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October 04, 2008

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I don't think that even Buddhism allows that.
Depends on the version of Buddhism and who you ask... but yes, even the utter destruction of the mind.

Of course, 'utter destruction' is not a well-defined term. Depending on who you ask, nothing in Buddhism is ever actually destroyed. Or in the Dust hypothesis, or the Library of Babel... the existence of the mind never ends, because we've never beaten our wives in the first place.

I live with this awareness.

Summary: "Bad things happen, which proves God doesn't exist." Same old argument that atheists have thrown around for hundreds, probably thousands, of years. The standard rebuttal is that evil is Man's own fault, for abusing free will. You don't have to agree, but at least quit pretending that you've *proven* anything.

"Conway's Life has been proven Turing-complete, so it would be possible to build a sentient being in the Life universe"

Bit of a leap in logic here, no?

"In sober historical fact", clear minds could already see in 1919 that the absurdity of the Treaty of Versailles (with its total ignorance of economic realities, and entirely fueled by hate and revenge) was preparing the next war -- each person (in both nominally winning and nominally defeated countries) being put in such unendurable situations that "he listens to whatever instruction of hope, illusion or revenge is carried to him on the air".

This was J.M. Keynes writing in 1919, when A. Hitler was working as a police spy for the Rechswehr, infiltrating a tiny party then named DAP (and only later renamed to NDA); Keynes' dire warnings had nothing specifically to do with this "irrelevant" individual, which he had no doubt never even heard about -- there were plenty of other matches ready to set fire to a tinderbox world, after all; for examle, at that time, Benito Mussolini was a much more prominent figure, a well known and controversial journalist, and had just founded the "Fasci Nazionali di Combattimento".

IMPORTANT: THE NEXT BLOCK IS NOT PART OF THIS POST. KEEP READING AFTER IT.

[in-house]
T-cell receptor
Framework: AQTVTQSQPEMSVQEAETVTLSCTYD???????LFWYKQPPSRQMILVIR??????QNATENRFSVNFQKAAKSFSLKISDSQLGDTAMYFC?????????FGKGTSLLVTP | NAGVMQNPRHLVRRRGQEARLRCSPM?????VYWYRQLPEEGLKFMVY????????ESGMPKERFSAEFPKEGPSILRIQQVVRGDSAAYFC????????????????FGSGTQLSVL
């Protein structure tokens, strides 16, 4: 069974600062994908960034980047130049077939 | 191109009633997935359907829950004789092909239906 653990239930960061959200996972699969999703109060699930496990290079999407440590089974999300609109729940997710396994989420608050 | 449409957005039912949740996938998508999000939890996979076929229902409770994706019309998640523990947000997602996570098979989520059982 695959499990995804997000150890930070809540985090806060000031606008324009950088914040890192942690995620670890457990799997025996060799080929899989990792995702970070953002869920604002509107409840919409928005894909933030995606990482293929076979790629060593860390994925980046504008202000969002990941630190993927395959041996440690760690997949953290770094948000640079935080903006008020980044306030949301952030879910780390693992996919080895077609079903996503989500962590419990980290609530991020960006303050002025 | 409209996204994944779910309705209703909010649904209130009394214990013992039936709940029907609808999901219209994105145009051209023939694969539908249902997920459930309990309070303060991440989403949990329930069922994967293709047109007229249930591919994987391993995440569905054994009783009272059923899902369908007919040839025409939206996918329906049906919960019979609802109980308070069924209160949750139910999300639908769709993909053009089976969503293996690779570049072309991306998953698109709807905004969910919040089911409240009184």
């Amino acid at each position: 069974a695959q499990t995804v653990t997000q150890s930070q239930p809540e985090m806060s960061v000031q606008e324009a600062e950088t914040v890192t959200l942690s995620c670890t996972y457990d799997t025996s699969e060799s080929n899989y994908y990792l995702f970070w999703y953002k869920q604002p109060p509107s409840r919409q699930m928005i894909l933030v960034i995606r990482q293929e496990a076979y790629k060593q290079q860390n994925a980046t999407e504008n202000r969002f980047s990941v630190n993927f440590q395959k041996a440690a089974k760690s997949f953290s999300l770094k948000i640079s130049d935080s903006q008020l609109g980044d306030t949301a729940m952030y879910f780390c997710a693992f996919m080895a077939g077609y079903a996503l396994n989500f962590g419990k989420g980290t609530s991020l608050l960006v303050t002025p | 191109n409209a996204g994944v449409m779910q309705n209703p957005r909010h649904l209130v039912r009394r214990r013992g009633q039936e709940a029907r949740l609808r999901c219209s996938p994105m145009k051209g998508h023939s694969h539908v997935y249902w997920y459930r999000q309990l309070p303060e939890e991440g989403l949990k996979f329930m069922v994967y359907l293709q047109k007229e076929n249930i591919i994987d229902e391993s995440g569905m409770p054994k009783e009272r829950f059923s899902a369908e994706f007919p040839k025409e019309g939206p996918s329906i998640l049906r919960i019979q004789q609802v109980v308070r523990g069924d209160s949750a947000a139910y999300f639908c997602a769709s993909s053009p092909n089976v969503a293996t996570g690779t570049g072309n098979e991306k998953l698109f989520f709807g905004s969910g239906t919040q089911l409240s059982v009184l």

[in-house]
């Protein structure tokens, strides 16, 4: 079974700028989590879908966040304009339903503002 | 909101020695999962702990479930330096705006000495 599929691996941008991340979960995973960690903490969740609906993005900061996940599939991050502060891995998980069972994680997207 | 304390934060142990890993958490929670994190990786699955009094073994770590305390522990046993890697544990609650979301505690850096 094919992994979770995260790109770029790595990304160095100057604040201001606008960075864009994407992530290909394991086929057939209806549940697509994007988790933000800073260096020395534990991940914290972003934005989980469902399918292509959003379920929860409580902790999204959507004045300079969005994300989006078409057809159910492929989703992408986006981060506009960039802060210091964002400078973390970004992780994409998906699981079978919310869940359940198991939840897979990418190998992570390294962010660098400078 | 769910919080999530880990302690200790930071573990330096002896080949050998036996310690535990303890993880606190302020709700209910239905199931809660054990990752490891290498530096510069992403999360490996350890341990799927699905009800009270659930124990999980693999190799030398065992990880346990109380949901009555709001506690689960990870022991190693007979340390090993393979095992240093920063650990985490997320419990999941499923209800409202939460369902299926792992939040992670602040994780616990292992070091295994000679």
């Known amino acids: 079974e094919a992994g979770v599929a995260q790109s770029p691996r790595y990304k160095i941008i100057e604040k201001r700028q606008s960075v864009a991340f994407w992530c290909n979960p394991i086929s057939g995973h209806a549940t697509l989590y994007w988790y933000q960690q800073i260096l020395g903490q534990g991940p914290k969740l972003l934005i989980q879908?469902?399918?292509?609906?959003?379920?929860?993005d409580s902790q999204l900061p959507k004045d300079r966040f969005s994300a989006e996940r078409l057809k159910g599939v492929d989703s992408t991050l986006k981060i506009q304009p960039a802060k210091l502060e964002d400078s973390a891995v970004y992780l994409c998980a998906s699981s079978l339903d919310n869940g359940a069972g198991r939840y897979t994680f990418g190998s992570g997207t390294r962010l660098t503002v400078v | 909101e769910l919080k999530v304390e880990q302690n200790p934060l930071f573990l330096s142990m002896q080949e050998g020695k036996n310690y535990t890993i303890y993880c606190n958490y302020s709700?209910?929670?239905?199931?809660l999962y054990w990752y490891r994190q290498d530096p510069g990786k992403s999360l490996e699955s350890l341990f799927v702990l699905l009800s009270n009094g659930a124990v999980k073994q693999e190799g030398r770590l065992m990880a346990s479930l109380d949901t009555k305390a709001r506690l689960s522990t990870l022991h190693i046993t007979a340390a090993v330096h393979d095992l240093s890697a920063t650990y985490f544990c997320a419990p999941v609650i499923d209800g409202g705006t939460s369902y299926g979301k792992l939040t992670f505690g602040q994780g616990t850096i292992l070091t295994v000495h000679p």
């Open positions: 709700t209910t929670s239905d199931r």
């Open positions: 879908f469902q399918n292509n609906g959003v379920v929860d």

So your claim, that believing the European errors in 1919 made another great war extremely likely, "is an unreasonable belief", is absurd. You weaken your interesting general argument by trying to support it with such tripe; "inevitable" is always an overbid, but to opine that the situation in 1919 made another great war all too likely within a generation, quite independently of what individuals would be leading the various countries involved, is perfectly reasonable.

Keynes's strong and lucid prose could not make a difference in 1919 (even though his book was a best-seller and may have influenced British and American policies, France was too dead-set in its hate and thirst for revenge) -- but over a quarter of a century later, his ideas prevailed: after a brief attempt to de-industrialize Germany and push it back to a pastoral state (which he had already argued against in '19), ironically shortly after Keynes' death, the Marshall Plan was passed (in rough outline, what Keynes was advocating in '19...) -- and we *didn't* get yet another great european war after that.

Without Hitler, but with Versailles and without any decent reconstruction plan after the Great War, another such great war WAS extremely likely -- it could have differed in uncountable details and even in strategic outline, from the events as they actually unfolded, just like the way a forest fire in dry and thick woods can unfold in many ways that differ in detail... but what exact match or spark lights the fire is in a sense a detail -- the dry and flame-prone nature of the woods makes a conflagration far too likely to avoid it by removing one specific match, or spark: there will be other sparks or matches to play a similar role.

The claim isn't that Germany would have been perfectly fine, and would never have started a war or done anything else extreme. And the claim is not that Hitler trashed a country that was ticking along happily.

The claim is that the history of the twentieth century would have gone substantially differently. World War II might not have happened. The tremendous role that Hitler's idiosyncrasies played in directing events, doesn't seem to leave much rational room for determinism here.

Reminds me of this: "Listen, and understand. That terminator is out there. It can't be bargained with. It can't be reasoned with. It doesn't feel pity, or remorse, or fear. And it absolutely will not stop, ever, until you are dead."

But my question would be: Is the universe of cause and effect really so less safe than the universe of God? At least in this universe, someone who has an evil whim is limited by the laws of cause and effect, e.g. Hitler had to build tanks first, which gave the allies time to prepare. In that other universe, Supreme Being decides he's bored with us and zap we're gone, no rules he has to follow to achieve that outcome.

So why is relying on the goodness of God safer than relying on the inexorability of cause and effect?

Given how widespread white nationalism is in America, (i.e. it's a common phenomenon) and how intimately tied to fascism it is, I think that there's a substantial chance that the leader that would have taken Hitler's place would have shared his predilection for ethnic cleansing, even if not world domination.

"I don't think that even Buddhism allows that."

Remove whatever cultural or personal contextual trappings you find draped over a particular expression of Buddhism, and you'll find it very clear that Buddhism does "allow" that, or more precisely, un-asks that question.